Minister's Sermon - Palm Sunday 14th April 2019 9am
Rev Sue Keegan von Allmen
Rev Sue Keegan von AllmenChandler’s Ford Methodist Church

Sunday 14th April 2019 9am Palm Sunday

Philippians 2.5-11

Luke 19.28-40

The stones that will not keep silent - even if Jesus’ disciples are – have become more and more significant for me over the years. My first awareness of them was when I spent 6 weeks on Iona in 1982. Every morning, at the end of morning worship, I responded to the words “If Christ's disciples keep silent”, with, “these stones would shout aloud.” It made complete sense in an abbey built of massive stones where every day there was talk of peace and justice. But when I went back, being invited to respond as I did then, I found myself being drawn to the matters large and small on which I am silent.

A few years ago, in the week before Holy Week, I watched a TV drama that crystallised this is for me. It was called “Passer By”. The main character was Joe – played by James Nesbitt. He thought of himself as an upright citizen with a social conscience. Then one day it all began to unravel. He was on his way home from work - later than usual – and there were only a few people in the carriage. Soon, everyone but a young woman had got off, and he and she were alone. Until a group of young men got on. They sat near her and tried to chat her up. Joe thought she seemed uncomfortable, especially when their jokes became menacing, and he nearly said something. But he was nearly home. As he waited for the doors to open at his station, he looked at her, and she looked up, worried. He wondered whether she was appealing for help – but it wasn’t clear. He hesitated for a moment. It was clear what was thinking. “I’m not sure if she’s in trouble. The doors will shut soon and I’ll be really late. I don’t know…” He got off. As the doors closed, he looked back, and saw fear in her face. He stopped at the information desk, but no one was there, so he went home. A couple of days later, a police notice appeared outside the station, appealing for witnesses to a serious sexual assault. He ignored it and did nothing until a week later.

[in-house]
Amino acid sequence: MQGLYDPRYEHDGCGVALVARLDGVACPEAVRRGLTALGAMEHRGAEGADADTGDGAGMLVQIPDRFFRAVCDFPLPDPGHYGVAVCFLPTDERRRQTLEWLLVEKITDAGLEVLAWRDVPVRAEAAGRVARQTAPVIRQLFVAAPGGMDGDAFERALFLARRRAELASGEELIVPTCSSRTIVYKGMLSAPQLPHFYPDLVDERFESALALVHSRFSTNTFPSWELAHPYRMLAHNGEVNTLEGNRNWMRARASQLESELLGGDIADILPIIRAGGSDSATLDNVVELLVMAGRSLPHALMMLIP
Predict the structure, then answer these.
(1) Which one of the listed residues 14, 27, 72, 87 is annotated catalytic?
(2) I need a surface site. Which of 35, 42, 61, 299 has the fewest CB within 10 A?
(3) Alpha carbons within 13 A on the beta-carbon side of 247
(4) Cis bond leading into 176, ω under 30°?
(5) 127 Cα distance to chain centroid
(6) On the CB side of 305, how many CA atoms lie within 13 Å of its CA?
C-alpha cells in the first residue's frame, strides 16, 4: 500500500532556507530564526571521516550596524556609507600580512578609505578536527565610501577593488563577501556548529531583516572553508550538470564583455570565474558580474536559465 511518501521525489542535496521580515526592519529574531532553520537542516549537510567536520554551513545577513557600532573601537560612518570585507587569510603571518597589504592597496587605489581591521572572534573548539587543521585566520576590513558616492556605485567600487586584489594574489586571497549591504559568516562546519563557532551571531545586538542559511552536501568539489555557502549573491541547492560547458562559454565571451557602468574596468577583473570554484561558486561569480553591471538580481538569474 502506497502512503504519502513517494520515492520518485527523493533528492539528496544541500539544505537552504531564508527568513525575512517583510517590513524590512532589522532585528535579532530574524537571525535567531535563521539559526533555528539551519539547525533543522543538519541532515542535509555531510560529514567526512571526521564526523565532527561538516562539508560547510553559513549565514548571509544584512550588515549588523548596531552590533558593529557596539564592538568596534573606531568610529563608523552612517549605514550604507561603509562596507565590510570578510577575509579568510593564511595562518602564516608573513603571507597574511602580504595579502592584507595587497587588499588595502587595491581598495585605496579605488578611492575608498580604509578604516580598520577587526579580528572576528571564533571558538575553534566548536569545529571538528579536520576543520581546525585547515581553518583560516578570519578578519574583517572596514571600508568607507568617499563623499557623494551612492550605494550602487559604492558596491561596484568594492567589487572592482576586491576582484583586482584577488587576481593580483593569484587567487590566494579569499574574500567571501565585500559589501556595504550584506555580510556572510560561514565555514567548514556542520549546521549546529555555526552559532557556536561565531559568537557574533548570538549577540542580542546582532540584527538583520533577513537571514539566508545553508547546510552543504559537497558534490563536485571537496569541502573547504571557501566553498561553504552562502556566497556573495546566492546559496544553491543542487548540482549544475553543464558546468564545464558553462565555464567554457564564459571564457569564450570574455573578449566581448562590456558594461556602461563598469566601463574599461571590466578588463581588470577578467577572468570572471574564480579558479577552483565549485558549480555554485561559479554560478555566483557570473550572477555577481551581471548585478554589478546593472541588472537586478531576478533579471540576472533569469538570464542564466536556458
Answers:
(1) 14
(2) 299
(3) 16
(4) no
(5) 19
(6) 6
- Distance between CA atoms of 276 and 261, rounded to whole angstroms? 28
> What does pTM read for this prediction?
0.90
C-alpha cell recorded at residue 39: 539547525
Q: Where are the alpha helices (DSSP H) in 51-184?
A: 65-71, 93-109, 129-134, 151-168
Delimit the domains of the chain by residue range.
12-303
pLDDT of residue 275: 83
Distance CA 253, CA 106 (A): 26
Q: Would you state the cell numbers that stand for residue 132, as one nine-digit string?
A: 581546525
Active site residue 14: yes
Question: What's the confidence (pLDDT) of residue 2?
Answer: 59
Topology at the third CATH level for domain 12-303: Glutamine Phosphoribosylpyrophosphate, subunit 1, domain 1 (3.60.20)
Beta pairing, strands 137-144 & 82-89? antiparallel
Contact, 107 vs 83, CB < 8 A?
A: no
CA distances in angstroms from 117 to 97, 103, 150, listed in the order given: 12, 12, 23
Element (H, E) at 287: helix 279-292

Joe was struggling. His lack of action surprised him. It wasn’t like him. It challenged his self-understanding and he didn’t know what to do with this new revelation. So, for a week he did nothing, but deciding to give a statement made him feel better. He convinced himself, he did what he could, and forgot the new insight into his character – until he got to court. He was the only witness, and when the lawyer for the accused men questioned him, he focused on Joe’s lack of action. He can’t understand how this upright, family man, whose whole life appears to be committed to serving the public, didn’t help the woman. He was even more confused that he didn’t come forward to make a statement for a week. The lawyer exploits Joe’s hesitancy and suggests he can’t have been sure about what he said he saw. There’s a moment in the questioning when it becomes all too clear. Just when Joe could have convinced the jury that the men had been menacing, he hesitates, because then he’d have had to admit that he’d passed by on the other side. All he had to say was, I made a mistake, I failed to be the good citizen I think I am. But he couldn’t. And he couldn’t, because he couldn’t cope with not being the person he thought he was, and he didn’t want to appear weak to his work colleagues or his family.

Jesus’ entry into Jerusalem on a donkey reinforces our understanding of Jesus as a humble, servant leader, someone with the courage to turn the expectations of those looking for a powerful leader, upside down. It’s consistent with his life. And with his words about the power that is scarcely noticed – in a child, a mustard seed, in yeast or salt. Yet as we move into Holy Week we often forget this sort of power. It seems irrelevant in the face of armies, governments, and the world’s economic institutions. It seems hopeless as a response to school bullies, rapists, and the perpetrators of domestic violence. And it looks totally useless when faced with terrorist bombs and dictators.